The grime in the bathroom defied description.
The second bedroom had yellowed newspapers duct-taped over some of the windows. On the floor was a body, sprawled on his back with both arms thrown over his head and one leg doubled under him in a grotesque, horizontal pirouette.
Brady turned on the overhead light and called to Cole.
There was no point in feeling for a pulse. Half the man's head had been blown away. Brain matter spattered the peeling gray wallpaper, and blood puddled on the hardwood floor. Brady hunkered down beside the dead man.
Cole entered the bedroom. "Oh, man, that stinks."
"Rigor hasn't set in. He hasn't been dead for long." Brady breathed through his mouth, not wanting to inhale the stench. He pushed the body onto his side and took the wallet from the back pocket of his baggy jeans. In the cracked leatherette wallet were two fives and a driver's license. "It's Escher. My informant."
"When did he contact you?"
Brady checked his wristwatch. "Three and a half hours ago. He called me in Albuquerque."
"He might have already been here, chowing down on a bucket of chicken."
And preparing to die. Brady stood and turned away from the body. He'd only questioned Escher face-to-face once. There wasn't enough evidence to arrest him, but Brady was sure that the informant had been a coyote for many years, charging exorbitant amounts of money to smuggle illegals across the border from Mexico. That was bad enough, but nowhere near as vicious as the exploitation involved in trafficking where the human cargo was never set free. In two subsequent phone calls, Brady had played on Escher's sympathies.
Brady wondered aloud, "Why did he call me? Something must have sparked his conscience. But what?"
"Do I need to contact the Denver field office to handle forensics on the body?" Cole asked.
"We can leave the murder investigation to the local sheriff." The people who had killed Escher were already down the road. Why had the informant called? Why did he want Brady to come to this place? "Let's take a look in the garage."
He picked his way through the crap scattered throughout the little house. Looking for evidence, he'd have to paw through this garbage. There wasn't enough hand sanitizer in the world to make this right.
Outside, he sucked down a breath of fresh air. Even though he didn't expect to find anything in the garage, both he and Cole held their guns at the ready. He went to a door on the side. There were two padlocks, but the door was standing open.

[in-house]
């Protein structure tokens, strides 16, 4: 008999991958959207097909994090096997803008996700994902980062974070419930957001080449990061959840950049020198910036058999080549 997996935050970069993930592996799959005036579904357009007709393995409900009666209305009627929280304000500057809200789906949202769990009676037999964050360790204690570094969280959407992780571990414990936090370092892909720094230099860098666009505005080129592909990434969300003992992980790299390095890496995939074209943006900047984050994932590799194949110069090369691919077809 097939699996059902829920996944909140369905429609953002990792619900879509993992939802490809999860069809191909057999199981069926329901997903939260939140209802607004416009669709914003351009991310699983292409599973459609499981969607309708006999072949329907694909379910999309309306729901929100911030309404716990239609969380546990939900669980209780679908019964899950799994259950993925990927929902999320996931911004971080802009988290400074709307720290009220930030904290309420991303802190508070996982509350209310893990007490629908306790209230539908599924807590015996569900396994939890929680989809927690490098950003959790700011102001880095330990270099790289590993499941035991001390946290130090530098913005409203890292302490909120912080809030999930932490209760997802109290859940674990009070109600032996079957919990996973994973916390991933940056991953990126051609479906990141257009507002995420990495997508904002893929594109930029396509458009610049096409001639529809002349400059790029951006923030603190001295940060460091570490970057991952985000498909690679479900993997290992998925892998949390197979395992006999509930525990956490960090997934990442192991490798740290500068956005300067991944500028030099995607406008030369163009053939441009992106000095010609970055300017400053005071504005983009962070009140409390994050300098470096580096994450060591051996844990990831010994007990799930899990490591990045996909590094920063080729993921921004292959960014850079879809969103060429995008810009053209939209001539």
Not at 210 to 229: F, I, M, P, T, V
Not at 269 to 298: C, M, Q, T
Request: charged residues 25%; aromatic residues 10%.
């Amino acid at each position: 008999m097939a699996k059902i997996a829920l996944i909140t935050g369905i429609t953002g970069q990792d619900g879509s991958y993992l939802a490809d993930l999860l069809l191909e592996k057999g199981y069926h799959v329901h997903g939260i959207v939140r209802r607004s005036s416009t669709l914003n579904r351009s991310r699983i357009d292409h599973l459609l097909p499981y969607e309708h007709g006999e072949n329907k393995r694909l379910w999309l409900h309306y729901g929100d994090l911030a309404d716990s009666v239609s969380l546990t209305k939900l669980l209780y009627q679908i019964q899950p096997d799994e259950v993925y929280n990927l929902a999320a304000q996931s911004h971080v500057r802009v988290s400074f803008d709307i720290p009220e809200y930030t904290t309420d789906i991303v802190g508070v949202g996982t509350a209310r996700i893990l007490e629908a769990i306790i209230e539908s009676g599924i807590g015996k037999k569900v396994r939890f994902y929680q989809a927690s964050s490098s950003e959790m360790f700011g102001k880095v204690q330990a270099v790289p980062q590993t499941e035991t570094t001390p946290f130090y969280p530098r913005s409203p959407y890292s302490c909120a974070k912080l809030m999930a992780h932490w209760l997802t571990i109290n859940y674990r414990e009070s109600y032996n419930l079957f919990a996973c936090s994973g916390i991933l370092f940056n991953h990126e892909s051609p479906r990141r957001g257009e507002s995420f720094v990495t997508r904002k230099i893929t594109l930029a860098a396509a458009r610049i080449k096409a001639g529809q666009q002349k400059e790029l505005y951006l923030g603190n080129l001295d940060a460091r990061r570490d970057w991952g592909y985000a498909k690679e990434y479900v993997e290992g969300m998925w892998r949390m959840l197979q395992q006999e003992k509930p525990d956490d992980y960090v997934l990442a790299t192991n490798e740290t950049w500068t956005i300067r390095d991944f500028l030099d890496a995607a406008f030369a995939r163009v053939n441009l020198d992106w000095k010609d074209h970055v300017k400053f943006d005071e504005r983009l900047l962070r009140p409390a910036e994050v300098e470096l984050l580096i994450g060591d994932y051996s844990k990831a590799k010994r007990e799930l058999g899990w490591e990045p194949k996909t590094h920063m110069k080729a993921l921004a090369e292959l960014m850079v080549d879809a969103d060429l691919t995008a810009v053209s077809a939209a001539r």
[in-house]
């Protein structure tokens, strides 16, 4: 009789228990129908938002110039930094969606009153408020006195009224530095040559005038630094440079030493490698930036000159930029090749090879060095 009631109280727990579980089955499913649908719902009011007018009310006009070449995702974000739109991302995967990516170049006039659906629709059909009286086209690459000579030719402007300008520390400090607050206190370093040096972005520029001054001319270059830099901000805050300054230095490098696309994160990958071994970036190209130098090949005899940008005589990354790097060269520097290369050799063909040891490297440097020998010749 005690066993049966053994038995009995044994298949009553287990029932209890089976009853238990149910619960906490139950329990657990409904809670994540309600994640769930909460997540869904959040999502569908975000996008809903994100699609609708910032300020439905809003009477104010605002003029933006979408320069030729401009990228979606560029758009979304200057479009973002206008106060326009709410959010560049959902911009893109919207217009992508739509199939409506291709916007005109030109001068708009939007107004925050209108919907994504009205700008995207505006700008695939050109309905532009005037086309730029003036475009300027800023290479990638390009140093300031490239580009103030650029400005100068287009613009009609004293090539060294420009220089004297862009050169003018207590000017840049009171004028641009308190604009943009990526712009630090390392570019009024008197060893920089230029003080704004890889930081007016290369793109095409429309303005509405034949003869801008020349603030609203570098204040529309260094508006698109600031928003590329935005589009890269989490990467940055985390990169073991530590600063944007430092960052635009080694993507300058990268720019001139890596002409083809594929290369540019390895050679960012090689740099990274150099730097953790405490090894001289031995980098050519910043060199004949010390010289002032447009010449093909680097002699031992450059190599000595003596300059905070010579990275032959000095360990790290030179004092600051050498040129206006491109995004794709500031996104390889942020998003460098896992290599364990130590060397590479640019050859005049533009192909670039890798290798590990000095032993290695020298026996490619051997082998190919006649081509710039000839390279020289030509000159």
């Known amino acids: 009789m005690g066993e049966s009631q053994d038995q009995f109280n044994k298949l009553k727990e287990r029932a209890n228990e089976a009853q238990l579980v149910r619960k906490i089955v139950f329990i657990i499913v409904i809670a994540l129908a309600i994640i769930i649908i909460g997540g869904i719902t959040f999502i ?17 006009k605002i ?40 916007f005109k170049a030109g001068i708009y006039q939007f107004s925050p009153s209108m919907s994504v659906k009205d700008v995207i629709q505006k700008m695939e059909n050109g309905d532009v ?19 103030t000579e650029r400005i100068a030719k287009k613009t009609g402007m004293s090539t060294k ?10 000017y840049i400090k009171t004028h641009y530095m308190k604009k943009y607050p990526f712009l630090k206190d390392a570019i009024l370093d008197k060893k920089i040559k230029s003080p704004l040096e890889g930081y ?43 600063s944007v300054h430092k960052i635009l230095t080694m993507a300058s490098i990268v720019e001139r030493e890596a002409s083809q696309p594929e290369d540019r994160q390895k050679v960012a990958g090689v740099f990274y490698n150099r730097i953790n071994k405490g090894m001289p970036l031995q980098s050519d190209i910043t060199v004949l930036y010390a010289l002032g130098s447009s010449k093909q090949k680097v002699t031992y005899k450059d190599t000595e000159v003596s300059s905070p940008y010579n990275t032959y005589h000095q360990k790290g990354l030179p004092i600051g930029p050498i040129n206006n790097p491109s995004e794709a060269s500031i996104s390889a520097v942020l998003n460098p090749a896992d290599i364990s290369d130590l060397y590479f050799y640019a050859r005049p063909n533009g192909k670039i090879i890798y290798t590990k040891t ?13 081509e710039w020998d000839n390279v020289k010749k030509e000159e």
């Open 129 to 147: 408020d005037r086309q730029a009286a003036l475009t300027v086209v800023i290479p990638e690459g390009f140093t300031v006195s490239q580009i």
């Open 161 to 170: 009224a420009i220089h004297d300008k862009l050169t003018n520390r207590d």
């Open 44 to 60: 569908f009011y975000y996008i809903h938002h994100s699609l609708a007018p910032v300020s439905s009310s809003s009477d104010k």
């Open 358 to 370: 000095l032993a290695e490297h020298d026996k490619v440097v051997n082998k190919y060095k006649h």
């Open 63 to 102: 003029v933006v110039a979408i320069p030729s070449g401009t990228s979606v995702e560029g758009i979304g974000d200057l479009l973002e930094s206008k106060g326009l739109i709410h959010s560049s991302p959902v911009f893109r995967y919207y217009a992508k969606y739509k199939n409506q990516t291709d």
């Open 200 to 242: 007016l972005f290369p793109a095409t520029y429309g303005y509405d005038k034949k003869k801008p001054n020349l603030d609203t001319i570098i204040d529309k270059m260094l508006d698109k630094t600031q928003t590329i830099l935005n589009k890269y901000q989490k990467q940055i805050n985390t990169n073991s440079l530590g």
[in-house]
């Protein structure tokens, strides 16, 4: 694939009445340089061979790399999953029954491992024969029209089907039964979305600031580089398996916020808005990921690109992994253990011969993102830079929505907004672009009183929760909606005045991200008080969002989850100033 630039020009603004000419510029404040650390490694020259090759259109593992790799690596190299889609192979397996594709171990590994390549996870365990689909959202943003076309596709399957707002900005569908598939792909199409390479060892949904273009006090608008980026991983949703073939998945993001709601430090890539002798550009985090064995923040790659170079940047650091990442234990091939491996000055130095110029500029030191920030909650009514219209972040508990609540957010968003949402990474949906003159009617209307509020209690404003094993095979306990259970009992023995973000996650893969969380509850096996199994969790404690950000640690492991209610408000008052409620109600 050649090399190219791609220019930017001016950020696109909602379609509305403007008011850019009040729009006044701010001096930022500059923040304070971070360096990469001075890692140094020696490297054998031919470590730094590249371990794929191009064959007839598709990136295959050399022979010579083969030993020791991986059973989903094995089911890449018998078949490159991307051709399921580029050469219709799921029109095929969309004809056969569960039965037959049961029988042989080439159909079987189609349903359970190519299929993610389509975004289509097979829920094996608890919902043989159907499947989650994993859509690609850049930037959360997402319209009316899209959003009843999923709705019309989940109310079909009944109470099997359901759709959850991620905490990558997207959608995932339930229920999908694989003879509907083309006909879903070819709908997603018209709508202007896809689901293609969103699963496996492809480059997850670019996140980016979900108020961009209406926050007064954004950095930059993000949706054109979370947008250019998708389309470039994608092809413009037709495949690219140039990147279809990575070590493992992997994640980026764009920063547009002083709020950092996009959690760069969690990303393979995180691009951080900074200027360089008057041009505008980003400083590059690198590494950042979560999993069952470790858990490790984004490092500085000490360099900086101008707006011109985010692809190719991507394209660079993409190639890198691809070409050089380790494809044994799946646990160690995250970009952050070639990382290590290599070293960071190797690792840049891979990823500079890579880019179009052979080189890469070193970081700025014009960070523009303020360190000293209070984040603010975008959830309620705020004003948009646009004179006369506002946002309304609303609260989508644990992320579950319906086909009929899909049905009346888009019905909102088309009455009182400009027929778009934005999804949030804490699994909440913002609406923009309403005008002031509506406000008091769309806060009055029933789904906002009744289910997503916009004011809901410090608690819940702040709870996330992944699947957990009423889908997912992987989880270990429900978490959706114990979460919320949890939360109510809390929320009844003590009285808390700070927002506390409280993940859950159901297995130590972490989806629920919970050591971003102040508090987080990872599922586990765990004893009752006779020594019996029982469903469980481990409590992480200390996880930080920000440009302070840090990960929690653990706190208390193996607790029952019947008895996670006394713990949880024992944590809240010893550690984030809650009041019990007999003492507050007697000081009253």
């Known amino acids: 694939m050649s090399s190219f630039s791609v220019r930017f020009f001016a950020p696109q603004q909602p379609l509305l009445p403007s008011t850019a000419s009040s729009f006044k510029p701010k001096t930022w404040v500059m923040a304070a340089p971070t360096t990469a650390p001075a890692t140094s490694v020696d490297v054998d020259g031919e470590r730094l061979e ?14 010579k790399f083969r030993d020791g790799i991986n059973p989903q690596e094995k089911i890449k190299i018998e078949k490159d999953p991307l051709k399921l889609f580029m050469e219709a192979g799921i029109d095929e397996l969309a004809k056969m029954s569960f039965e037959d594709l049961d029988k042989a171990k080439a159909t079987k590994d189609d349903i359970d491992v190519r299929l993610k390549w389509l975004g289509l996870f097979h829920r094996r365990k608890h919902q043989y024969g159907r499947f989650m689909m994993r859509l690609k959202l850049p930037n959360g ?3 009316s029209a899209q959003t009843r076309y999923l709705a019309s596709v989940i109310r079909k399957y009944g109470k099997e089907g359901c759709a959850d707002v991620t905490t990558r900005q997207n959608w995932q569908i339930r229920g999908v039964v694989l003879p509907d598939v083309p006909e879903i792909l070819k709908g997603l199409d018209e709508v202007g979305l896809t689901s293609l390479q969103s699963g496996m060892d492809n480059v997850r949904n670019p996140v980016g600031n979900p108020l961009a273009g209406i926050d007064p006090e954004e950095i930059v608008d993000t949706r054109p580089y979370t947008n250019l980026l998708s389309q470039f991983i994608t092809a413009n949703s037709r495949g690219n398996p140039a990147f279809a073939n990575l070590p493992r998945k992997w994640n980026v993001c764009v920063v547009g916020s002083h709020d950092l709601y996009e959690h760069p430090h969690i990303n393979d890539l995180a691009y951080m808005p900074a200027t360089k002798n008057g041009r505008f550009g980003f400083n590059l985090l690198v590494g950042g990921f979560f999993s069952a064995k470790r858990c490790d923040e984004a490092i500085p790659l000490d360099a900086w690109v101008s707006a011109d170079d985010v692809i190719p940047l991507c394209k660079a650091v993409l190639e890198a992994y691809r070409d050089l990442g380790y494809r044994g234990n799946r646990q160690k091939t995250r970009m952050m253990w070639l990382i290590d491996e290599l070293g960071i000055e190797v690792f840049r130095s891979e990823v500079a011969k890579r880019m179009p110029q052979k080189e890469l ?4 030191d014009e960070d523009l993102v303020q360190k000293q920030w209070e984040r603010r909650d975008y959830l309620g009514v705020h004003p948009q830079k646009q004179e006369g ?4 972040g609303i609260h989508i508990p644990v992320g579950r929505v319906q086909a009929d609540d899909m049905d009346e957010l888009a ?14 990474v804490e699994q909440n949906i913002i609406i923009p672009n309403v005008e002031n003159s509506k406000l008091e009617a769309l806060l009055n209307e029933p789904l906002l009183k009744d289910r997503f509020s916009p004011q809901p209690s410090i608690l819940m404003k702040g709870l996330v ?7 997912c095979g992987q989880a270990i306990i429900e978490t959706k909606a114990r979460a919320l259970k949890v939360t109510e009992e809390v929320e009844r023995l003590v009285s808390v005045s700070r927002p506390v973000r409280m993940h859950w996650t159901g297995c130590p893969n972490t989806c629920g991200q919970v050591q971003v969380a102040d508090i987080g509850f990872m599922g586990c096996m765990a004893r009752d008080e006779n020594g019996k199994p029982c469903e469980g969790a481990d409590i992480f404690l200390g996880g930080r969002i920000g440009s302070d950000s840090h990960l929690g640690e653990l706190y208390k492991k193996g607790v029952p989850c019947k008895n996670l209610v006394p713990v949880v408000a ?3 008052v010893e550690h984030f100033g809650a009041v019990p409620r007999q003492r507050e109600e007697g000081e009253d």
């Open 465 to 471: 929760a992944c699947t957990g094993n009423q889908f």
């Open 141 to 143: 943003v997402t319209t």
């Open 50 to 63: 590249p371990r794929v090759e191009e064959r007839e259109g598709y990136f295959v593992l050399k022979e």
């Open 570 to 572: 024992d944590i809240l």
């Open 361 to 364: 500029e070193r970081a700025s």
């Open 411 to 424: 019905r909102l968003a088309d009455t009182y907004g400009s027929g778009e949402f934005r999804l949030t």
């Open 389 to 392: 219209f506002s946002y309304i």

As he stepped inside, he hoped with all his heart that they wouldn't find any other victims. He flicked a switch by the door. Light from two bare bulbs showed the detritus of former inhabitants. Clutter and rags. A couple of cardboard boxes. Bare mattresses. Sleeping bags. The stink of urine and sweat was overpowering.
Cole grumbled, "This must be what hell looks like."
"It's the end of the road for my investigation," Brady said. "Escher was my last viable lead."
He heard a rustling noise coming from the far corner. Raccoons? Rats? Brady moved toward the sound. He looked down into a cardboard box. Inside, swaddled in filthy yellow blanket decorated with sheep, was an infant with round cheeks and a tiny rosebud mouth. This was what Escher had wanted him to find.
The little arms reached toward him, and Brady scooped the baby from the makeshift nest. He snuggled the tiny bundle against his chest. "How old do you think it is?"
"Not more than a couple of weeks," Cole said.
"Pretty much. With my wife's job, I'm around babies a lot." He reached out and stroked the fine black hair on the infant's head. "Doesn't seem to be injured, but we should check it out. I know where to take this little one."
The baby wriggled. The mouth suckled an invisible teat. Brady had nothing to feed this infant. All he could offer was a promise that he would point the abandoned child toward a better life.
Trafficking in newborns was a new and horrible twist in the ITEP investigationsomething he couldn't ignore. Brady knew he wouldn't be returning to Quantico today.